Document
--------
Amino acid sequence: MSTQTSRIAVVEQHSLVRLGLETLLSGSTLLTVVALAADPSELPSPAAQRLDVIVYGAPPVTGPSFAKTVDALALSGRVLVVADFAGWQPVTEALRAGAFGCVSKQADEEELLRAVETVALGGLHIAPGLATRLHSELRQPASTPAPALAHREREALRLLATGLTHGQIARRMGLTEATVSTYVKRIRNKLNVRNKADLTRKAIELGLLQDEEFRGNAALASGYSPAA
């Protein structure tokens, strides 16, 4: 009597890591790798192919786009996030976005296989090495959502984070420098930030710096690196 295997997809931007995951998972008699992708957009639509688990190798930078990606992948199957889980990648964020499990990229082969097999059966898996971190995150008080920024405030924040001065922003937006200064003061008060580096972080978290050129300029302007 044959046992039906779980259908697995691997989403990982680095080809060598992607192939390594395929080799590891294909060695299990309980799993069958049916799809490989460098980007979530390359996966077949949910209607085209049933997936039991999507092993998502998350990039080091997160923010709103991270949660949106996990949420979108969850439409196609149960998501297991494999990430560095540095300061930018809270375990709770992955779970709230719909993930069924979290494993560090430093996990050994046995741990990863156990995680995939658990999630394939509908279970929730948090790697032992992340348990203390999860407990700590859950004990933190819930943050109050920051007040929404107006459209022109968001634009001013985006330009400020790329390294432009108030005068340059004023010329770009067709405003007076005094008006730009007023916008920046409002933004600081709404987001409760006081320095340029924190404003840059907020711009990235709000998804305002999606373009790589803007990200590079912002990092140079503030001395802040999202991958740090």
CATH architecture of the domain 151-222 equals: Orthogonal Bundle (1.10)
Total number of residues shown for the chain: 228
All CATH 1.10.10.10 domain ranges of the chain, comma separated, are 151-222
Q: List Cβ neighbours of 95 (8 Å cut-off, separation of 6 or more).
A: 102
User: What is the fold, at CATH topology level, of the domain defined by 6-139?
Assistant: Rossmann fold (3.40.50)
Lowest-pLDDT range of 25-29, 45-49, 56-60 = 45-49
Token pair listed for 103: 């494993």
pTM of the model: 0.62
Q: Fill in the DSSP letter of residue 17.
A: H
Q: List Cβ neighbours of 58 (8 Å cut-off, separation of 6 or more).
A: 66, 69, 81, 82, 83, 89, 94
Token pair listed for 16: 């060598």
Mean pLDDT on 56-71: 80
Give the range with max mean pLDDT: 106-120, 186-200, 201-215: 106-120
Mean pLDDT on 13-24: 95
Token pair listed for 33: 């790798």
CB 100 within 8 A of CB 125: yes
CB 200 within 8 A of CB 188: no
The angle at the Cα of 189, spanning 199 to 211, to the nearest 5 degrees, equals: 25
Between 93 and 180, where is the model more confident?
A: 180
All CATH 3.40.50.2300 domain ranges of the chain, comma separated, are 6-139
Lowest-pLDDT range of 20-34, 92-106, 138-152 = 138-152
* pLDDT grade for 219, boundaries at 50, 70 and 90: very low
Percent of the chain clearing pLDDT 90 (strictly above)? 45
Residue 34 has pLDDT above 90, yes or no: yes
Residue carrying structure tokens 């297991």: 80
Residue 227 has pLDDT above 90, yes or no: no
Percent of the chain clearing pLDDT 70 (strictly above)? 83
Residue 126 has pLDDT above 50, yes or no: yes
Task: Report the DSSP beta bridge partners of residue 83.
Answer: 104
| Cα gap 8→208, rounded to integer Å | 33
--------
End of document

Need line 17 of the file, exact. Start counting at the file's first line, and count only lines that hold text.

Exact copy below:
Token pair listed for 16: 């060598």